Back to Issue Eighteen.

night letter to rilke

BY CHRIS SANTIAGO
 

Roses, you said, are ruthless in their desire
under so many lids

to be no one’s sleep.  So you left Ruth
& went walking

barefoot through empty castles
to feel around you the silence

grow wider.  But there’s always an upbeat.
Always the strung readiness

of knowing that someone might cry out
& who will hear it

if not us.  When I saw his new torso
suffused with purple light

as though not our son after all
but an organ—a heart

I’d sung into each night
before they cut him out looking big & angry—

I knew I must change my life.  How badly
you wanted to feel your own death

to account cell by cell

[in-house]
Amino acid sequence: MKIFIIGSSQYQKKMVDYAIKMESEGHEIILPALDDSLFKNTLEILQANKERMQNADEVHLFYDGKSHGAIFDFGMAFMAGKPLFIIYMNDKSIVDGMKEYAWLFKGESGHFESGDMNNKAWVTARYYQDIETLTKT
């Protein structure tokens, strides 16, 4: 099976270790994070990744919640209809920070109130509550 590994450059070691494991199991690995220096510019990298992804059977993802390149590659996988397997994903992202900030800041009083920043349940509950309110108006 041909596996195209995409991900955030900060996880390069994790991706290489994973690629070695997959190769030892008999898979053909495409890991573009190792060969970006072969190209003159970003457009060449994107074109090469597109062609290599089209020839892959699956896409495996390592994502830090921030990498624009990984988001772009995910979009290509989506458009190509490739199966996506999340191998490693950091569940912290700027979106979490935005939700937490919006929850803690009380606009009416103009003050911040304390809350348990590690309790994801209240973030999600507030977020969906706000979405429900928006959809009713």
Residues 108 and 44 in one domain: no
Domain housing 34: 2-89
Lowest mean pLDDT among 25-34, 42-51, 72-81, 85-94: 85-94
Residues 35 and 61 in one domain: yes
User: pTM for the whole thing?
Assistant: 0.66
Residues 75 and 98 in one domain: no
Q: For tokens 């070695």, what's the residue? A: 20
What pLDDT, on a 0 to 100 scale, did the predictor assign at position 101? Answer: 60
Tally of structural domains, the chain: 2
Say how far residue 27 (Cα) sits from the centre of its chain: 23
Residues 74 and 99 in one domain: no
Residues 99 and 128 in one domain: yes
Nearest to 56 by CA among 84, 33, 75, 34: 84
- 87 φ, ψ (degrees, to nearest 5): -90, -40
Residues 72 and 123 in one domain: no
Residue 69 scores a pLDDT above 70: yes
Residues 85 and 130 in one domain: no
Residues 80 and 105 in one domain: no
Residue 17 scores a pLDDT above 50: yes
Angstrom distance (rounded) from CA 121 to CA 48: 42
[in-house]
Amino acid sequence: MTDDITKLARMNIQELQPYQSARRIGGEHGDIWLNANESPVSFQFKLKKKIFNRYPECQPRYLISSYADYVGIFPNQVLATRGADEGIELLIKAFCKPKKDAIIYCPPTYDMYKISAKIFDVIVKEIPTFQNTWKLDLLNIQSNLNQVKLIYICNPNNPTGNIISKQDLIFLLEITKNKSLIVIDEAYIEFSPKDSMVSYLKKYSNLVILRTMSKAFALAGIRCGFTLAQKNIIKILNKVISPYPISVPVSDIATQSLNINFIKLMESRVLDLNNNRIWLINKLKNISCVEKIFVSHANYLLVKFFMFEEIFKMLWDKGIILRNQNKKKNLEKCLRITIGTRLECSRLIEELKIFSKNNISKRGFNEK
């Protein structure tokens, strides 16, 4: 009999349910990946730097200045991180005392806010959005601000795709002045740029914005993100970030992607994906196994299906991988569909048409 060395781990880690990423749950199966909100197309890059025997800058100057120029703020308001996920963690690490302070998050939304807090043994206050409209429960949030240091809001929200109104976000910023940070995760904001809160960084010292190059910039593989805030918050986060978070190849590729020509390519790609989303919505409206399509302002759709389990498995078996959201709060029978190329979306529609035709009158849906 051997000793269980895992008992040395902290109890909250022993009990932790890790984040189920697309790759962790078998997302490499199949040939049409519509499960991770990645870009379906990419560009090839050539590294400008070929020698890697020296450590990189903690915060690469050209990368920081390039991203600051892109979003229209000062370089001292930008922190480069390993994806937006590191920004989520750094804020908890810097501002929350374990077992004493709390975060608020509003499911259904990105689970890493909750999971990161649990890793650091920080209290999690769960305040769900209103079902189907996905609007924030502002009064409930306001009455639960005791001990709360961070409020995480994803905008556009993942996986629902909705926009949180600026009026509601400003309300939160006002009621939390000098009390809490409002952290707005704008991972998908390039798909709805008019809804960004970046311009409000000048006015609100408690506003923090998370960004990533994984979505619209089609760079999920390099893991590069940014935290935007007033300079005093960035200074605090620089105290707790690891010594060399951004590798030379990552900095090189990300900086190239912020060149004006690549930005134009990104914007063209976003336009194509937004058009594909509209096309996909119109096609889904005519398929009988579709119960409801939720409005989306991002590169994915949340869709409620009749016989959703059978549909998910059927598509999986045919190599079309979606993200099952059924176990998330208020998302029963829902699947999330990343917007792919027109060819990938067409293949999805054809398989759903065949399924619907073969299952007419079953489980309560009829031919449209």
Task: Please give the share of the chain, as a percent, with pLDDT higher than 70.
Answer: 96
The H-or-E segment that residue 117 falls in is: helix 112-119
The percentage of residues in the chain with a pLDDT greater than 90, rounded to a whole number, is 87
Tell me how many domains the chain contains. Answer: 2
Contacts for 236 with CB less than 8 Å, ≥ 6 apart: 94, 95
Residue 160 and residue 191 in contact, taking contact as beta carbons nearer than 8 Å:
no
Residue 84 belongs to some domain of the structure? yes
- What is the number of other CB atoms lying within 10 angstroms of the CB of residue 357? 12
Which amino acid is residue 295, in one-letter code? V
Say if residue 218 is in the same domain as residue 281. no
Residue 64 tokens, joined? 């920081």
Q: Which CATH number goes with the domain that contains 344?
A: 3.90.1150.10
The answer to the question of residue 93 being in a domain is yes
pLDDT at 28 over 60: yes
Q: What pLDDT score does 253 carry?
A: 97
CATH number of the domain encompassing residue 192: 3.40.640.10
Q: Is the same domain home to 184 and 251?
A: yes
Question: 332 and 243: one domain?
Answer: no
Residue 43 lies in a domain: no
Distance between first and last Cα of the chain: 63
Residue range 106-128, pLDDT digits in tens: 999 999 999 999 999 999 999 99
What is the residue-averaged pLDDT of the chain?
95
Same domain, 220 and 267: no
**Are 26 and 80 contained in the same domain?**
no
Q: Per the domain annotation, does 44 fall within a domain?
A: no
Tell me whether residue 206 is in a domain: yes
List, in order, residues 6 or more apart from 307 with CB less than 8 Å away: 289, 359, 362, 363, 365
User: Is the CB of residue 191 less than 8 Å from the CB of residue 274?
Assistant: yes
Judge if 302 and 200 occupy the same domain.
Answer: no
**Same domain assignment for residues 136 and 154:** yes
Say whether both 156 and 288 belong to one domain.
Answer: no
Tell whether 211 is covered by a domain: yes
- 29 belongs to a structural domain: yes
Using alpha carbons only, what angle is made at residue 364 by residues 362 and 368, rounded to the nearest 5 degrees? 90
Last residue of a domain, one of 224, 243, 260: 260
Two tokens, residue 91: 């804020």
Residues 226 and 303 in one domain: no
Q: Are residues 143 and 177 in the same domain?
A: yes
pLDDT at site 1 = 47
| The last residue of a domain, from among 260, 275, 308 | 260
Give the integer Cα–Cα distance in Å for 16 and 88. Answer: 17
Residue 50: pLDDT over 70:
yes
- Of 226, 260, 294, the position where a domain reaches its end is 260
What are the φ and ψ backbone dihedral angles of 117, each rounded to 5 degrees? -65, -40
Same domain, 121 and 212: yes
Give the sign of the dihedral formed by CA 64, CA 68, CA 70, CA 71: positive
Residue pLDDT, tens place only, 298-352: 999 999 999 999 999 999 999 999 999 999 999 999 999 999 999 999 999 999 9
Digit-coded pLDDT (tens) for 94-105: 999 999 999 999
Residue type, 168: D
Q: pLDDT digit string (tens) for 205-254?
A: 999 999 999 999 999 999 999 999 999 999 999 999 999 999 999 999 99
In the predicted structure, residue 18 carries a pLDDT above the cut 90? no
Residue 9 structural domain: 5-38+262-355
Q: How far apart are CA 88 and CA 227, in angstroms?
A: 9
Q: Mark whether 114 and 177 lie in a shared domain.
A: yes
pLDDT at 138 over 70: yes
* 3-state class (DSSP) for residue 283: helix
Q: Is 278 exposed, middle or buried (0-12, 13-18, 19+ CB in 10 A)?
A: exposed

for your own body’s passing. 

Is that so different from enduring
the most menial of tasks, the grind 

& counterweight, the tedium & vigilance
of seeming to be a god?

Isn’t the preparation to be abandoned
also the prick of the bodied life

first the left arm swelling,
then the right, finally the body

reduced to a bell? 

 

 

Santiago 18

Chris Santiago’s debut poetry collection, TULA, was selected by A. Van Jordan for the 2016 Lindquist & Vennum Prize, and will be published by Milkweed Editions in December 2016. Poems, short stories, and criticism have appeared in FIELD, Copper Nickel, the Asian American Literary Review, and Pleiades, and have received nominations for Best New Poets and the Pushcart Prize. He lives near Minneapolis, where he is an assistant professor of English at the University of St. Thomas.